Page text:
Farmers are ‘very concerned’ as ‘tense’ discussions over farm shows continue


Ireland can achieve a 50% reduction in greenhouse gas emissions without reducing the herd, according to the Irish Farmers Association.

Talks on the scale of farm emissions cuts are underway this week, with the Green Party demanding a target as close to 30% as possible.

Farmers are pushing for a target closer to 22% and talks between Green Party leader Eamon Ryan and Agriculture Minister Charlie McConalogue have been described as “tense”.

The Climate Change Advisory Council has said the sector must make cuts if Ireland is to meet its emissions reduction targets.

There are now fears that a deal will not be reached before the final Cabinet meeting on Wednesday, meaning a decision will be pushed back until at least September.

On Newstalk breakfast this morning Irish Farmers Association chairman Tim Cullinan said he would be ‘very, very worried’ if the target was set at more than 22%.

“For farmers to achieve a 22% reduction is going to be expensive and difficult to do,” he said.

“If we were to go beyond that and go into the region of 30%, well, there would be huge costs for the sector – in the order of 4 billion euros a year and the potential to lose 50,000 to 55,000 jobs.

“It’s in a sector that provides 170,000 jobs in every city and parish across the country.”

The Green Party faces opposition from other governing parties in its attempts to set the goal at nearly 30%.

Last night a group of six Fine Gael TDs – John Paul Phelan, David Stanton, Charlie Flanagan, Paul Kehoe, John Cummins and Garret Ahearn – issued a statement calling for the cuts to be kept low.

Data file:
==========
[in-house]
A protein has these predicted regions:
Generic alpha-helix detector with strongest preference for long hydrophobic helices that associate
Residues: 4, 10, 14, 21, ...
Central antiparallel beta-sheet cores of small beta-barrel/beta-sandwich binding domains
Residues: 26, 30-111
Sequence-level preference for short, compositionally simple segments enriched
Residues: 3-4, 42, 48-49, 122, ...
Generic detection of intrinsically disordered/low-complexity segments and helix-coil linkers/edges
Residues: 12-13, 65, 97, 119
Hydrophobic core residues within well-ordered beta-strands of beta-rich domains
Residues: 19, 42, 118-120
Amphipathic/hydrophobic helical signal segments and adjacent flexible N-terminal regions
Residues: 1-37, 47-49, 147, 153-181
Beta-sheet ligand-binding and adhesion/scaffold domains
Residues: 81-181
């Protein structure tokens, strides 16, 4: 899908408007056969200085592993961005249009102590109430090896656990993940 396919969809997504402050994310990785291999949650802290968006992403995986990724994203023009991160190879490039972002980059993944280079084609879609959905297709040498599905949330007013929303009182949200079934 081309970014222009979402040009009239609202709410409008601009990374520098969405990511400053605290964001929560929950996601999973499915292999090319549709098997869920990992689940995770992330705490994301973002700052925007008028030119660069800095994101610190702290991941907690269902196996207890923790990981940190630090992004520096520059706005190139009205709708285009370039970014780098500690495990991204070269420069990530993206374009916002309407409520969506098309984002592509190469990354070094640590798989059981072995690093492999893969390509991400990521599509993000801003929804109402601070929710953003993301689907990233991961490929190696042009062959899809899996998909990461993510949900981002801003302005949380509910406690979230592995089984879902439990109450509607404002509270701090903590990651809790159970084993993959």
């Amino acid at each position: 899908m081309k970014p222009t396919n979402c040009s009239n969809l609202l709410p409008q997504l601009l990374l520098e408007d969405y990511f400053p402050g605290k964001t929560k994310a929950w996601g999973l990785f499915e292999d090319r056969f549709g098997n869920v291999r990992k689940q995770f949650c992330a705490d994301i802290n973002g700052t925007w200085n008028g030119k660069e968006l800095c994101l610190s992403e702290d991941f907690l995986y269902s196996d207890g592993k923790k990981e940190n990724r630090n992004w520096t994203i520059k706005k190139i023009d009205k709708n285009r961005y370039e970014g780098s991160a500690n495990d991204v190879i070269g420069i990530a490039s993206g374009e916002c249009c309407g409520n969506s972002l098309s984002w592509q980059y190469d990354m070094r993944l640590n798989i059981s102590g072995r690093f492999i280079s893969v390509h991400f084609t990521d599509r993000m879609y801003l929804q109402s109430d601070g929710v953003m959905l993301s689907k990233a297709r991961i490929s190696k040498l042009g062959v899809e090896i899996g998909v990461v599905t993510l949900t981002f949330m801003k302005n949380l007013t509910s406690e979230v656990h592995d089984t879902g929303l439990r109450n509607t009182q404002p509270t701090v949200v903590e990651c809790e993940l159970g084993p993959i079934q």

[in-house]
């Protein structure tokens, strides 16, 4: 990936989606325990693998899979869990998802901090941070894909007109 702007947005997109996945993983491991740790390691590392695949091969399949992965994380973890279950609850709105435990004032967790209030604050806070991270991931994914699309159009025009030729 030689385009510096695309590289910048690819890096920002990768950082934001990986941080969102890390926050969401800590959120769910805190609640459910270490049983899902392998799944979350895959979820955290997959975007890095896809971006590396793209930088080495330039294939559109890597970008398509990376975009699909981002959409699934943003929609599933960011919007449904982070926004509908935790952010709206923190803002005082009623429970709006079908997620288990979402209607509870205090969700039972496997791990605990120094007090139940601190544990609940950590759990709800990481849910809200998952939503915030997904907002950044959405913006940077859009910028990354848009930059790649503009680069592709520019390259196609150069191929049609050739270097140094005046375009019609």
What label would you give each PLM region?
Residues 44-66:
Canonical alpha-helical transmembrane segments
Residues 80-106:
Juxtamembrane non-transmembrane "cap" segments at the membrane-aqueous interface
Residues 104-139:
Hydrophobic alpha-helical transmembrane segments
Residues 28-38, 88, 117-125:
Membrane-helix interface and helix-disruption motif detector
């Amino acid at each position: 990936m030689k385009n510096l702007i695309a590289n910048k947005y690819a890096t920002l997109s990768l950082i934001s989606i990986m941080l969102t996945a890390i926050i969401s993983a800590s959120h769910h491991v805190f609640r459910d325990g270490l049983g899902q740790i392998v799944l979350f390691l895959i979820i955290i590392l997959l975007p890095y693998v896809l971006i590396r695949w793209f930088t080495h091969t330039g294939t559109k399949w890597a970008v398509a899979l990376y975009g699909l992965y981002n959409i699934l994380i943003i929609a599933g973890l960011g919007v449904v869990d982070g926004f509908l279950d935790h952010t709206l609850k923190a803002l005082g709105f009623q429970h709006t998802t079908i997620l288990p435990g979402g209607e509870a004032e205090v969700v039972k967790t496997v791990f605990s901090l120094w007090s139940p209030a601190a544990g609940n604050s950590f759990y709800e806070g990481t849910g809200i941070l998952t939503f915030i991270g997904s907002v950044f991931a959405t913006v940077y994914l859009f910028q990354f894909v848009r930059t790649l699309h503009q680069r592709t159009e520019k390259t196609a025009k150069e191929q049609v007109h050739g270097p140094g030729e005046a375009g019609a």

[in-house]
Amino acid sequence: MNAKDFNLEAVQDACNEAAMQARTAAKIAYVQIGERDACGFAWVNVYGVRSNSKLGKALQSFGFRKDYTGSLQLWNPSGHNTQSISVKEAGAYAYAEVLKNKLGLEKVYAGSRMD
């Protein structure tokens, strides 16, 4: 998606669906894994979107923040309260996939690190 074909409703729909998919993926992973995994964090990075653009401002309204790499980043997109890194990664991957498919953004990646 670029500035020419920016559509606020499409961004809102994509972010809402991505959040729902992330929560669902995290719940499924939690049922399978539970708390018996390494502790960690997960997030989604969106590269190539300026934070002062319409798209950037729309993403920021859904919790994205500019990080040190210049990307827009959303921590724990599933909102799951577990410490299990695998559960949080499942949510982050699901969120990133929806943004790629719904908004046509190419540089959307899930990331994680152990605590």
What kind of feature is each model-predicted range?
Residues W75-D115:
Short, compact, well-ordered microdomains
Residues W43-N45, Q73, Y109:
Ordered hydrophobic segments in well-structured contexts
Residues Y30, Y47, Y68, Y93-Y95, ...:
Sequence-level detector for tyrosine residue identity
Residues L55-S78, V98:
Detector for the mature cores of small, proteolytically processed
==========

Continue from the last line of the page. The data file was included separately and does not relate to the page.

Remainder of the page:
The TDs claimed there were too many ‘finger points’ towards agriculture and said the supposed ‘battle between cows and climate protection’ must end now.


Mr Cullinan declined to say whether farmers would protest if their emissions target was set closer to 30% than 22%.

“I can’t say that this morning, but what I can say is that if we are to end up at this level it will be devastating, not just for farmers but also for rural Ireland,” he said. he declared.

“I don’t think any of us want to see that happen when there are ways to fix that and make sure we bring everyone together on this journey as well.”

He said farmers are ready to invest in new technologies, including anaerobic digestion, solar panels, forestry and carbon farming – but only if agriculture gets credit for the reductions they bring.

He said there are real concerns that cuts related to new technologies will be credited to other sectors.

He insisted that Ireland can meet its 50% emissions reduction target by 2030 without reducing the size of the national herd.

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